Stressed? Go Outdoors!
A professor in the Anderson University College of Arts and Sciences and his students are looking at ways to combat stress—naturally.
We’re facing and processing unprecedented challenges posed by a global pandemic, increased conflict globally and personal crises that hit close to home. Added to the mix are ever-present phones and tablets; when they’re not barraging us with notifications, they’re skewing our perception of reality. At the same time, people who help others, whether in education, healthcare, public service or the military, are becoming fatigued as they face challenges on many fronts.
Dr. Travis (Rocky) Nation, professor of biology in the College of Arts and Sciences at Anderson University, used his own experiences as a springboard to further study on how to recognize stressors and to manage how they’re internalized.
“Several years ago I had come to the realization and acknowledged that stress and anxiety were friends or acquaintances. It’s probably something that had been there for a really long time. I never really dealt with it,” he said. “Finally like it does with a lot of people, it came to a head and—long story short—I ended up in the emergency room. It was just kind of a reckoning time, an assessment of ‘what am I doing and what I need to work on.’”
It’s a given in life that there are always going to be things out of our control. That said, Dr. Nation focuses his studies on the best ways to respond when things go wrong.
“The big overarching message is that stress is universal; you can’t run from it; you can’t eliminate it; but you can learn to manage it,” he said. “One of the big central themes is the concept of resilience and being able to respond to disturbances and stressors and returning to some normal, healthy state.”
For much of his life, Dr. Nation has enjoyed being outdoors. He feels anyone can benefit from intentional time spent outside. With his students, Dr. Nation studies how individuals’ heart rate and blood pressure is affected by spending increased time outdoors.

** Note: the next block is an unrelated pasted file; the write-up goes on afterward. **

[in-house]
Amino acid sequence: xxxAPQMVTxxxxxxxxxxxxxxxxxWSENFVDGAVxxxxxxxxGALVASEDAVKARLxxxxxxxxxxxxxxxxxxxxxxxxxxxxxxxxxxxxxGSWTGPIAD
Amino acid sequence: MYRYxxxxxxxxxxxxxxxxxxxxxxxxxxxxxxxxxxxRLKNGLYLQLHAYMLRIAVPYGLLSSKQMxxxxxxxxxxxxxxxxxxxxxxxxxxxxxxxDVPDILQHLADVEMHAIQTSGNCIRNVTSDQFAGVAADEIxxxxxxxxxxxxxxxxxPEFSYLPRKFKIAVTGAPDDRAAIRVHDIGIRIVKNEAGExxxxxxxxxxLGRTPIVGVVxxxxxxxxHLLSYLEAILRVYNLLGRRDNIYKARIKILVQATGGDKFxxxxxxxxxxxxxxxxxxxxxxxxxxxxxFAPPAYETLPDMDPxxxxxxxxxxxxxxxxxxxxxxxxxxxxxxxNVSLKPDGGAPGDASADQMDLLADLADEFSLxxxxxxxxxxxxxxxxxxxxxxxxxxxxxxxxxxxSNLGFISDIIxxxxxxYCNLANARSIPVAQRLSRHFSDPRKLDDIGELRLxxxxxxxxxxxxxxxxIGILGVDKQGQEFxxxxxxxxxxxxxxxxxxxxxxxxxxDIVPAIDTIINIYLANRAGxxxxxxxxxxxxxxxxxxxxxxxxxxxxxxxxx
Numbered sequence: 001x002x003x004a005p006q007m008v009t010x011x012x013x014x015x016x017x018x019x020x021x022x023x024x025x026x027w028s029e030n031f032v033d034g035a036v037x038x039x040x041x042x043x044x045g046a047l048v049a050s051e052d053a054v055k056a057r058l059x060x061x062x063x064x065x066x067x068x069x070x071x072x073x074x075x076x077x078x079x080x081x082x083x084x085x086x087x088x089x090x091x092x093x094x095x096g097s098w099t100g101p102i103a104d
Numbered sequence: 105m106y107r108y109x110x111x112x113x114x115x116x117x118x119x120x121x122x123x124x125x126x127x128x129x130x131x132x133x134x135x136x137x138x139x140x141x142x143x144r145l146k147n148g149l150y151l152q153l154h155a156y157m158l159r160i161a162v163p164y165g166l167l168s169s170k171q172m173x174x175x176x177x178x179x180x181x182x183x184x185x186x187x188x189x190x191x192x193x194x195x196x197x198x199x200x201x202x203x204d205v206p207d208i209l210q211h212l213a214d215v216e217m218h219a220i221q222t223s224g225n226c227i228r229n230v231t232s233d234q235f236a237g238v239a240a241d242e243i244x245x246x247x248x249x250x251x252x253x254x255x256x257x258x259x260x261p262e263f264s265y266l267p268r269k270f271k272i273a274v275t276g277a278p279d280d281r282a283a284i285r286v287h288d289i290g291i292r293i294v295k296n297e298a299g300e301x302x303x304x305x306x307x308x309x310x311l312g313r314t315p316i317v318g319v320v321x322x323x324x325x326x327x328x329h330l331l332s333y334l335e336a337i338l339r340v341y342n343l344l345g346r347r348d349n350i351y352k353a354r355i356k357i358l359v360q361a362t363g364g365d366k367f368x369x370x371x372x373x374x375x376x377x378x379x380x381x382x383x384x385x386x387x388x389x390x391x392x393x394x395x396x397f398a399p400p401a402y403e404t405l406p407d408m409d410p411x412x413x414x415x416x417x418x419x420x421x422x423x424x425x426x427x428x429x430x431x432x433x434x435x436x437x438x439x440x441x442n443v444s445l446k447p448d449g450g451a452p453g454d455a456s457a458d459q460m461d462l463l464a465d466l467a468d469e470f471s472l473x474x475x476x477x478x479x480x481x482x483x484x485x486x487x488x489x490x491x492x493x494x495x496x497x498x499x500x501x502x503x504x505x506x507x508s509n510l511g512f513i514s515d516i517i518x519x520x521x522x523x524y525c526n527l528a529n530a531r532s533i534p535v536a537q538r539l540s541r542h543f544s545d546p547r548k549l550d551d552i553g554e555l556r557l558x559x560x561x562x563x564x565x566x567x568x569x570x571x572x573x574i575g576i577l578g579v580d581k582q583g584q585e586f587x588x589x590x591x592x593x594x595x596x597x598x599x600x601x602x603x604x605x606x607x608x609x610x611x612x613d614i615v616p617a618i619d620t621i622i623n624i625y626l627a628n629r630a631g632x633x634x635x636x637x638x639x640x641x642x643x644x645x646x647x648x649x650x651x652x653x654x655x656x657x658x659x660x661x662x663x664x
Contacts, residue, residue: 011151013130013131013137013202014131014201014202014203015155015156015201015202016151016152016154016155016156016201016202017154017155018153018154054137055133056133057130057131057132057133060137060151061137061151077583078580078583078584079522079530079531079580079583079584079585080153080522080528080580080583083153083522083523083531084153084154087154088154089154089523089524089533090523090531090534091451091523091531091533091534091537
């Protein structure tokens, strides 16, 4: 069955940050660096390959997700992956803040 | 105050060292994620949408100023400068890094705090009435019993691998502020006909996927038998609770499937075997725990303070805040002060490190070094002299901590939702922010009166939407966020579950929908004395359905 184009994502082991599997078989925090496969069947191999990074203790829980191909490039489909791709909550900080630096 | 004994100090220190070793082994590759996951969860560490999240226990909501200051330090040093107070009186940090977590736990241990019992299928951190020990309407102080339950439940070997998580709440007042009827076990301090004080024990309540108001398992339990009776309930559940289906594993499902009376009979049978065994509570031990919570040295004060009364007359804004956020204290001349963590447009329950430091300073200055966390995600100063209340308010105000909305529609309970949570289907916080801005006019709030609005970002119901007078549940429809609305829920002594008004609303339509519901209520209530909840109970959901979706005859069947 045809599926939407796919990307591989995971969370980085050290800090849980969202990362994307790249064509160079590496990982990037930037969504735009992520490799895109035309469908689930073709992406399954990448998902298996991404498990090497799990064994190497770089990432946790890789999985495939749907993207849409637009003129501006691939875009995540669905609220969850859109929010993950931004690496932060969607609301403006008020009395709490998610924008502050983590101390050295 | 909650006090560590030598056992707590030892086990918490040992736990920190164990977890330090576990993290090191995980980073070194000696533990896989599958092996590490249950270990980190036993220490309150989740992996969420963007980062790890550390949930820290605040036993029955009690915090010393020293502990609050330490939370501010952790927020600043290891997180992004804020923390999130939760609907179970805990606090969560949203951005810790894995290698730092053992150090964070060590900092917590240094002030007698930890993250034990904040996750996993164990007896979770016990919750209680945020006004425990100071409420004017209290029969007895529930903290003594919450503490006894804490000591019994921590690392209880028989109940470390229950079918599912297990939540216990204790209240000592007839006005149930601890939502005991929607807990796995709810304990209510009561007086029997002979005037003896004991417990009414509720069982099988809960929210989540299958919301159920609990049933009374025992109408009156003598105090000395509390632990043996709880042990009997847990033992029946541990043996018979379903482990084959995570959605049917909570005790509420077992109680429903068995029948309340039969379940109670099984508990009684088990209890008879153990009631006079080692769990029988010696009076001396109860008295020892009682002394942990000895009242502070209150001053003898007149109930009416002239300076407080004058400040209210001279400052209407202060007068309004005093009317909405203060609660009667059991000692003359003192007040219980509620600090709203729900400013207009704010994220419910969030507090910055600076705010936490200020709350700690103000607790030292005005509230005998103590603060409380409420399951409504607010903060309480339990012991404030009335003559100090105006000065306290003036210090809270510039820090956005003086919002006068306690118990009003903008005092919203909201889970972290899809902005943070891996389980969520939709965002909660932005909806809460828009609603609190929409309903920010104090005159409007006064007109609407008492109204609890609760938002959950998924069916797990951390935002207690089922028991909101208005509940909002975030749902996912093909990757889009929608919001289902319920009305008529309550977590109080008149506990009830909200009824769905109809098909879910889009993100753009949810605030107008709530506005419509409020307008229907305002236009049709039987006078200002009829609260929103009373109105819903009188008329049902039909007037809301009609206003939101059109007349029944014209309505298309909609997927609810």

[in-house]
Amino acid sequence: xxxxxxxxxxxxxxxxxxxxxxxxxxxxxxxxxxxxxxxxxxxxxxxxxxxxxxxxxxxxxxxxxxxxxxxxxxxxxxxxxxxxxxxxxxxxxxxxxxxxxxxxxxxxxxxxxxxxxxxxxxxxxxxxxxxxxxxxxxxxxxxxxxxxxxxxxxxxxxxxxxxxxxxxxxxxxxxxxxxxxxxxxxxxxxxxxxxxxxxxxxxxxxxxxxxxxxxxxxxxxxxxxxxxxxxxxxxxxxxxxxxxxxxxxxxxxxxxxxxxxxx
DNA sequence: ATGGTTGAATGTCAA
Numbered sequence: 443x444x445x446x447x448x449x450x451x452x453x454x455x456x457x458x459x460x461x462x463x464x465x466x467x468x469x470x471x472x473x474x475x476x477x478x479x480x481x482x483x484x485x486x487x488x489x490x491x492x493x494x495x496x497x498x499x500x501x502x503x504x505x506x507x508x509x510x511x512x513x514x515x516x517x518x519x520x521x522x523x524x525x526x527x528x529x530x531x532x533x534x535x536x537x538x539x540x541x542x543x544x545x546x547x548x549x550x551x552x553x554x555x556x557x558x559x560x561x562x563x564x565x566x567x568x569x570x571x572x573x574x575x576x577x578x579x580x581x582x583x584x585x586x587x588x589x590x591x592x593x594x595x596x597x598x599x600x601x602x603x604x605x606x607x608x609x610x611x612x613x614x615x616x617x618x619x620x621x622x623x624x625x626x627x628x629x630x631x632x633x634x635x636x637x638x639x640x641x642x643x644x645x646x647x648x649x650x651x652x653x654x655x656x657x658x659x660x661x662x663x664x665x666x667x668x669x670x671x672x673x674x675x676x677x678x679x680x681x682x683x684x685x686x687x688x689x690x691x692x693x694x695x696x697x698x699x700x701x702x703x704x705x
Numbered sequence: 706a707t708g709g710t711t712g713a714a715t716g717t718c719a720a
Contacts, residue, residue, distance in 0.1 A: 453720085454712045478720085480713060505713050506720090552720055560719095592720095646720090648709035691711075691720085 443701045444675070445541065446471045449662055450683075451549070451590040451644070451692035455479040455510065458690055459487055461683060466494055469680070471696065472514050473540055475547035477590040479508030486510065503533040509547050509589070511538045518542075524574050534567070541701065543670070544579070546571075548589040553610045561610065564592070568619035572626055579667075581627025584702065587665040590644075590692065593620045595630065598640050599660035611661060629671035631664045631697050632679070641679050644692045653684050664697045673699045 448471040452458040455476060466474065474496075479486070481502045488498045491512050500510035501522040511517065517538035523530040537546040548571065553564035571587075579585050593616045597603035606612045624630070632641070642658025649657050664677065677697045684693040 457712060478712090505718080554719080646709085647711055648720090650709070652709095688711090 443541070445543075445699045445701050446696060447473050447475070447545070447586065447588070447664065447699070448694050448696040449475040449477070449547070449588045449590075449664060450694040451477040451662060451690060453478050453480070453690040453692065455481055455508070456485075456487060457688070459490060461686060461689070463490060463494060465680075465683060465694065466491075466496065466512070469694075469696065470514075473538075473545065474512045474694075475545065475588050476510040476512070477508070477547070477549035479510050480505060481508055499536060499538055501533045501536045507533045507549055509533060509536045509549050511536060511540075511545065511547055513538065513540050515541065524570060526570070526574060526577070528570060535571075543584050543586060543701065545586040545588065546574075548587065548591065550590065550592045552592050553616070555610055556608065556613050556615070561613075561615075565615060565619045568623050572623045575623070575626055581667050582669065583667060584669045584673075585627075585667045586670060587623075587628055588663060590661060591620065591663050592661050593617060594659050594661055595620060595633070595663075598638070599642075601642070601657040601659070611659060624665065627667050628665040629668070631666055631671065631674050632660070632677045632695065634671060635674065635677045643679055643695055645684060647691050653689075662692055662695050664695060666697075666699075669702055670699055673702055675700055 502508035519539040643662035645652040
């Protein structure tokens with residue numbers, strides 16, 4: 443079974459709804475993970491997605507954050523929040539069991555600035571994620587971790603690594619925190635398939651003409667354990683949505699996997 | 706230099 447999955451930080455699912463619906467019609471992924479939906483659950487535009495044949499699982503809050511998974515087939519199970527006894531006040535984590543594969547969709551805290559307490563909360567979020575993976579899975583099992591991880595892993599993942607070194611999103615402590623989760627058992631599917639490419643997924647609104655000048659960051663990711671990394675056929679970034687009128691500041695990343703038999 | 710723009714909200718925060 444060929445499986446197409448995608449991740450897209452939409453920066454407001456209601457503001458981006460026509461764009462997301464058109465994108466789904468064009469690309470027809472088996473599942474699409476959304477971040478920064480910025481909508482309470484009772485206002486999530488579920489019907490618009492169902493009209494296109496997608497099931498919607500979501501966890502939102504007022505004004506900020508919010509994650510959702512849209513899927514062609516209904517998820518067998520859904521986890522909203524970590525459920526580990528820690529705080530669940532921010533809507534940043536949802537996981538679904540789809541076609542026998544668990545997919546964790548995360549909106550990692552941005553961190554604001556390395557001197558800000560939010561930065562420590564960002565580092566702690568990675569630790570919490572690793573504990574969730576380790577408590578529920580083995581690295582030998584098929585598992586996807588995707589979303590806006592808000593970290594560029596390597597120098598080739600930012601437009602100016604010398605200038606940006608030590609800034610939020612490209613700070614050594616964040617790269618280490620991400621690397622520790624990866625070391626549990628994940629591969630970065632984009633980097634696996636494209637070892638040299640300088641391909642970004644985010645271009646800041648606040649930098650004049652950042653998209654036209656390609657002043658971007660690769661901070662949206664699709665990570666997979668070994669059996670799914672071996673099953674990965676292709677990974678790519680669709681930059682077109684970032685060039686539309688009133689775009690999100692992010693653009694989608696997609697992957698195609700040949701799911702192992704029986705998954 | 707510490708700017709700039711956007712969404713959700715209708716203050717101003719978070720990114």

“Forest bathing (“Shinrin Yoku” in Japanese) is the practice of mindfulness in outdoor settings, primarily forests,” he said. “It’s basically spending time in a forest immersing yourself in the sights, sounds, smells and textures of a natural area for the benefits of relaxation and calming the stress response. There is a substantial body of research that supports those claims.”
Whether referred to as forest bathing or something else, the concept, Dr. Nation explains, is really an old idea found in a lot of cultures and traditions, including Old Testament and New Testament scripture.
“I think it really is kind of a universal experience that being outdoors is good for you,” he said. Taking his class outdoors to the nearby Rocky River Nature Park, he’s conducted research with his students. Students would sit in folding outdoor chairs and do nothing but take in the sights and sounds.
“We’d do a set of measurements. Even after 20 minutes, it’s pretty remarkable. You see an average drop in heart rate and blood pressure and increase in heart rate variability,” he said.
Dr. Nation advocates that exercise, a healthy diet and disconnecting from devices (phones, tablets, computers) helps individuals become more resilient under pressure.
He established Carolina Wilderness Renewal (carolinawildernessrenewal.org), an organization offering programs aimed at helping those who help others by promoting the therapeutic value of nature. He hopes to make presentations during seminars, continuing education and professional development activities. He also hopes to publish a book.
“The wheels of creativity started turning and I came up with this idea to start a project to talk about stress and physiological aspects of it, but also how to manage it all in the context of being outdoors and incorporating some of those elements of forest bathing or ecotherapy. I tend to refer to it as nature-based stress management,” he said.
So, what are some things anyone can do?
Dr. Nation says the simple act of going for a walk introduces the element of exercise.
“There’s a whole lot of research that suggests there’s something about being outdoors, whether it’s away from man-made noise or the actual parts of the environment like colors and textures and sounds that have been demonstrated to knock down those stress responses. Even just going for a walk in a natural area if it’s not a wilderness area can have therapeutic benefits. There are tons of papers that show that. Just going for a walk sometimes 15-30 minutes is good. Even more is better,” he said.
“This isn’t a silver bullet. It’s not a cure-all. You’re not going to cure certain illnesses by spending 30 minutes a day outdoors. It’s good for you and it can help eliminate some of the issues we have. But it’s fairly easy, it’s fairly accessible, and in most places it’s free.”